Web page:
Learn how Aspen University is responding to COVID-19.

In mid March, Alabama native — and Aspen University online RN to BSN student — Laurice Ransom hopped on a plane and bravely headed to New York City to provide much-needed support to a healthcare system overwhelmed by COVID-19. 

“At the time, Alabama was at the beginning stages of their numbers and testing, and New York was in a very dire need. I feel like it was my duty to go out and help,” Laurice said from a Manhattan hotel room. 

Ransom works as an ICU nurse in both Alabama — and now the night shift in NYC. She is used to seeing intense situations unfold. “If they get to me, they are in bad shape.”

The past 30 days have been life-changing for Laurice. “We’re an intensive care unit, so 98% of my patients are ventilated. I knew it was going to be real, and I knew it was going to be serious, but I never expect the turnover of deaths. I’ve never experienced that in my life. Never.”

Laurice looks for opportunities to think positively. “On Thursday, I had my first patient that I had since day one that was intubated. He was extubated, he actually walked and went home. Yeah, so that was a big deal to me.” 

Instead of day-to-day, Laurice lives second-by-second. “Your day can start one way, and it can go in an entirely different direction.” 

She and her fellow healthcare workers are “teammates.” Laurice works with people from all over the country who travelled to New York to help out. “Just because your patient may be stable, if a call comes in, that is now your patient as well. So, we have to work together in the ICU because anything can change.”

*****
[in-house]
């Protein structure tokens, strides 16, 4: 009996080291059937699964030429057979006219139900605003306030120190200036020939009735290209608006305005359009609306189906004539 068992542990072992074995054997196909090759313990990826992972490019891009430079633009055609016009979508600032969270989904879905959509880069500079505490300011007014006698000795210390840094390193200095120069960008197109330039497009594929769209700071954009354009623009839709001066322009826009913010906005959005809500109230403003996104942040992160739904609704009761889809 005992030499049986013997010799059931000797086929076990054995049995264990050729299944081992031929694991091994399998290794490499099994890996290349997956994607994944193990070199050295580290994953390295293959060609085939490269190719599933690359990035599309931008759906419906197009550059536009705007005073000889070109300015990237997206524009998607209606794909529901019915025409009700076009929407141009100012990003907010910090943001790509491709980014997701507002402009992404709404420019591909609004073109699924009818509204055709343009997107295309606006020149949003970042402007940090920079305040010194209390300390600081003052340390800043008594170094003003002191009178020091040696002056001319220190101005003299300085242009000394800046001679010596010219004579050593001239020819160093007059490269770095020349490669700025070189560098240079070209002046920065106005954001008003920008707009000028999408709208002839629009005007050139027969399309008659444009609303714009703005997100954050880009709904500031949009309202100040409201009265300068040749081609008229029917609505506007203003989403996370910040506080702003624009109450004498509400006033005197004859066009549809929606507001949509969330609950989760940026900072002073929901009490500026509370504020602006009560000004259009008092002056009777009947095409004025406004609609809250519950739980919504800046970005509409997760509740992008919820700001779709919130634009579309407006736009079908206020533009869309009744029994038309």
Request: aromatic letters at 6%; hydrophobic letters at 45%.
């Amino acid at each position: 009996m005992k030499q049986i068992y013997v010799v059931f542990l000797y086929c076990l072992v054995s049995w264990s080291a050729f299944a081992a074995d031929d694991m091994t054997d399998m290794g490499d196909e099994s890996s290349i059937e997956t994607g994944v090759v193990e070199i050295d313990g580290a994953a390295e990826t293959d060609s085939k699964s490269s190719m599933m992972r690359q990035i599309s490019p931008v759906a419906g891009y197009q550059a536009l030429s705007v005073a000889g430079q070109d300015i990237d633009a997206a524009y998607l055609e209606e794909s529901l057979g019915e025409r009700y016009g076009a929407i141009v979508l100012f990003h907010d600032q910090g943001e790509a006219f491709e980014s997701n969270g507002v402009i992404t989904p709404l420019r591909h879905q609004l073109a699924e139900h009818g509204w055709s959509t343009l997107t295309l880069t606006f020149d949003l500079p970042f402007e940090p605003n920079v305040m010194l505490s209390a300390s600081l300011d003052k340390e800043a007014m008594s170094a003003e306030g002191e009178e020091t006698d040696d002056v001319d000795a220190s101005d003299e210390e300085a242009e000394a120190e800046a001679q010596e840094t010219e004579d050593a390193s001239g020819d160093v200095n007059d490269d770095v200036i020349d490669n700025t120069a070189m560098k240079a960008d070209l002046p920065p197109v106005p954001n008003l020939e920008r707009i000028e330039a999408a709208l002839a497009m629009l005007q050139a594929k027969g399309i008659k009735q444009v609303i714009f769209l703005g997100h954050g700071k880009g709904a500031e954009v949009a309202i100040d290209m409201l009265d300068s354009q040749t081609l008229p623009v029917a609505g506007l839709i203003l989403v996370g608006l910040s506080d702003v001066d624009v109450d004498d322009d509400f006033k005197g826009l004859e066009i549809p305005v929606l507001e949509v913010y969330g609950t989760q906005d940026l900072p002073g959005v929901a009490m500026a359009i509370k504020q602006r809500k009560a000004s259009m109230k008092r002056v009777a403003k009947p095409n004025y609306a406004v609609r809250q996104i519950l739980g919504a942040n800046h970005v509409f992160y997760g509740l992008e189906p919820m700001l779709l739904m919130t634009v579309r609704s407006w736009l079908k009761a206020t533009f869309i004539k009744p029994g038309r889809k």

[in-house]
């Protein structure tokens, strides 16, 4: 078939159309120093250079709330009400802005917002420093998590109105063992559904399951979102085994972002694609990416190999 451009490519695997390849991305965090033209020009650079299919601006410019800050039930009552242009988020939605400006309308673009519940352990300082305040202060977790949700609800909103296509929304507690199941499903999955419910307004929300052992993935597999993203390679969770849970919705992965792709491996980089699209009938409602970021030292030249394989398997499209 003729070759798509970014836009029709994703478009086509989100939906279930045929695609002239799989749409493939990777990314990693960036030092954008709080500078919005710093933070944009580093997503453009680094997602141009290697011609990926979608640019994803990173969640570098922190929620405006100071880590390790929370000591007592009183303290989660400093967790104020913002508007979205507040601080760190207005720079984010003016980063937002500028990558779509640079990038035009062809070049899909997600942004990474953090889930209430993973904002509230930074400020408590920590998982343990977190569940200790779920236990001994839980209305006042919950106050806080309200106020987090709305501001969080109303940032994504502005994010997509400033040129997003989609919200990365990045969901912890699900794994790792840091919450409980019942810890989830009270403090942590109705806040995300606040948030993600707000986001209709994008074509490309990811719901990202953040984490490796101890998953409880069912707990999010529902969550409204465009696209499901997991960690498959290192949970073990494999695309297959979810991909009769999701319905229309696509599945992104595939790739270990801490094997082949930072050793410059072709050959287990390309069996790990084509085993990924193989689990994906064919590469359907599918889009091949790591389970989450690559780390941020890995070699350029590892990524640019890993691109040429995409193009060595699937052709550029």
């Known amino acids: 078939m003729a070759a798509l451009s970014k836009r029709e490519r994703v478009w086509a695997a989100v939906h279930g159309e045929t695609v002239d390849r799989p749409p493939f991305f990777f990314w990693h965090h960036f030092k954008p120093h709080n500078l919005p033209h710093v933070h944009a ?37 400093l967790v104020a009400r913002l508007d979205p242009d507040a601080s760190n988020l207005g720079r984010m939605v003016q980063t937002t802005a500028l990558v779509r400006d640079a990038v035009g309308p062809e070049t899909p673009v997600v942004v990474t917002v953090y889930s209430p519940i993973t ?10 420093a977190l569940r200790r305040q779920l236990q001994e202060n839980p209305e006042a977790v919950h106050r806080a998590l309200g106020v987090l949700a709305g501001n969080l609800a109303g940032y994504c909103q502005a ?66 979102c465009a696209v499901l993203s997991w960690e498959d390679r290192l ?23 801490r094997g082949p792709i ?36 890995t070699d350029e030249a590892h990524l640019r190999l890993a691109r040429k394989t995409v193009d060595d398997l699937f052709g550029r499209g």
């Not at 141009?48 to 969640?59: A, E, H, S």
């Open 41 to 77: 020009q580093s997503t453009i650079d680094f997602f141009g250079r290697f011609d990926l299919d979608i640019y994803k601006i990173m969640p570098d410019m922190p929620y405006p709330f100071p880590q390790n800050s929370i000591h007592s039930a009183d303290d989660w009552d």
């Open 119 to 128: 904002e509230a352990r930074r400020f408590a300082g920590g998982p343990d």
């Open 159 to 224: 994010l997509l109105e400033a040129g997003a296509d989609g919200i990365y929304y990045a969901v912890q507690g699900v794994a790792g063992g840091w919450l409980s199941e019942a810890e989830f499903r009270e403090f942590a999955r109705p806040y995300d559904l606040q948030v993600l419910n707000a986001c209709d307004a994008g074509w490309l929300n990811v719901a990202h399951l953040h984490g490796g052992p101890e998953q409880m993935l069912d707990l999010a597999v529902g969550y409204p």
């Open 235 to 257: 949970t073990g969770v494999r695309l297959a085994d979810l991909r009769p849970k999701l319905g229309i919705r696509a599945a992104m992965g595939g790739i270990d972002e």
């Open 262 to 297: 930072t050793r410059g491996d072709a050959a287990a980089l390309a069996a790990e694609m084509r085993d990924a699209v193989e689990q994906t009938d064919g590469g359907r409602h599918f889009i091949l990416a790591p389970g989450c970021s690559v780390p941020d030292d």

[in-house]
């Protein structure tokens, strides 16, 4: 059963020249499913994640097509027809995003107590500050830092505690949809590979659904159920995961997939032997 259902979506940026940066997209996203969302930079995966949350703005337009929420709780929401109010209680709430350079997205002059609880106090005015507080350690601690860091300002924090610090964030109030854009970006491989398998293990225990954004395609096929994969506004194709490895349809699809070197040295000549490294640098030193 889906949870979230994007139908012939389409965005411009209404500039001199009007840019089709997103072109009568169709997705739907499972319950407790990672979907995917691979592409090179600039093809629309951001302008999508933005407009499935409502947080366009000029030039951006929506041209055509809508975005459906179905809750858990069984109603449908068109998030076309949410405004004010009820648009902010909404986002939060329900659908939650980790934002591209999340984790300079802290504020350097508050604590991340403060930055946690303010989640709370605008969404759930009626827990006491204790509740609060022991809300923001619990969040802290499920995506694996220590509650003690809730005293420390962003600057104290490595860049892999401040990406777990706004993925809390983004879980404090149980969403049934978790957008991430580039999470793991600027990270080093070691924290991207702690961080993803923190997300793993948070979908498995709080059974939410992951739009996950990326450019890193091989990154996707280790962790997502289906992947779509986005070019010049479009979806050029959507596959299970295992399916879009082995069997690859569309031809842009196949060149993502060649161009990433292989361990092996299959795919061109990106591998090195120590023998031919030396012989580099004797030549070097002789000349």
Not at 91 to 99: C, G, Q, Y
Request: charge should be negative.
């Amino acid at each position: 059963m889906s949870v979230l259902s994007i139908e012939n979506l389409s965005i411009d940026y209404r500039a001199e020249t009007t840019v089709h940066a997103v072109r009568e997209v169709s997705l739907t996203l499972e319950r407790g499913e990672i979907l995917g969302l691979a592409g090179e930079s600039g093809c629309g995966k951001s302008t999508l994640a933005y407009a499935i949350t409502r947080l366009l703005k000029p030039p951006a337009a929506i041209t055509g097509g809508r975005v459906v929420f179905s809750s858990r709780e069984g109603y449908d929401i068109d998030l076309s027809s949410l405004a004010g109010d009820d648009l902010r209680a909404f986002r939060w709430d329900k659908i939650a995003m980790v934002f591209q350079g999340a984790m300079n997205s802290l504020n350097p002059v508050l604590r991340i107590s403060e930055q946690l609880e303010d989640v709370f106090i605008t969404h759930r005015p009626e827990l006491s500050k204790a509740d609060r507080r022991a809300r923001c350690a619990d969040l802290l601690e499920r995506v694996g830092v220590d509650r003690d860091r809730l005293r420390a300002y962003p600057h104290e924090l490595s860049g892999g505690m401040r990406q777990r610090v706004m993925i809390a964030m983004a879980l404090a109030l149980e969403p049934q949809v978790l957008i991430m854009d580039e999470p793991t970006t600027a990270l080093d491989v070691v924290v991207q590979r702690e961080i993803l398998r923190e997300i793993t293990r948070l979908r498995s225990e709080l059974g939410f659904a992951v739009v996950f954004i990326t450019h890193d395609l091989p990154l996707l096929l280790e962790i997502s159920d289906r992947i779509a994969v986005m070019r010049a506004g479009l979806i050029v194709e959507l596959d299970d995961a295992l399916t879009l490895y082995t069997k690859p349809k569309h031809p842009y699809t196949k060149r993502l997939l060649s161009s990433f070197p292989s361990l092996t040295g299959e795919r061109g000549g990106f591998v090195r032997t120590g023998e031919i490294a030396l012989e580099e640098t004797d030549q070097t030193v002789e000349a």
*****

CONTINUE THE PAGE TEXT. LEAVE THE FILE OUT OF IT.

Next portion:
Laurice says prayer, as well as reaching out to family and friends, prepares her mentally for each day. “I don’t think I could make it without God and those people in my corner supporting me. God equipped me to do this.” 

The ICU patient that walked out a day earlier after all a month intubated would probably agree. “It was so weird. He was from another country and he was talking to the physician that was from another country. He turned to me and said, ‘Thank you,’ and I was like ‘Huh?’ He said, ‘Although you kept your face covered up, your Southern dialect, it made me warm inside. I remember every prayer you prayed over me. Thank you.”‘

Laurice plans to return home within the next week. “Alabama has changed significantly since I’ve left. Just as I gave New York help, I got to give my own state help. I have a family I have to go back home to. I’m planning to get tested myself. I am going to spend plenty of time with my babies once my testing is negative.”

When asked about the demonstrations popping up around the country protesting stay-at-home orders, she added, “I think they need to walk a mile in our shoes. There are people who can’t stay at home and what the system is asking of them is important. Staying home is saving lives. Just because you’re asymptomatic, you may come in contact with someone and give it to them, and they may not be asymptomatic, and they can die.”

What has Laurice learned about herself through this experience? “It’s a strength that I didn’t know that I had.”

 


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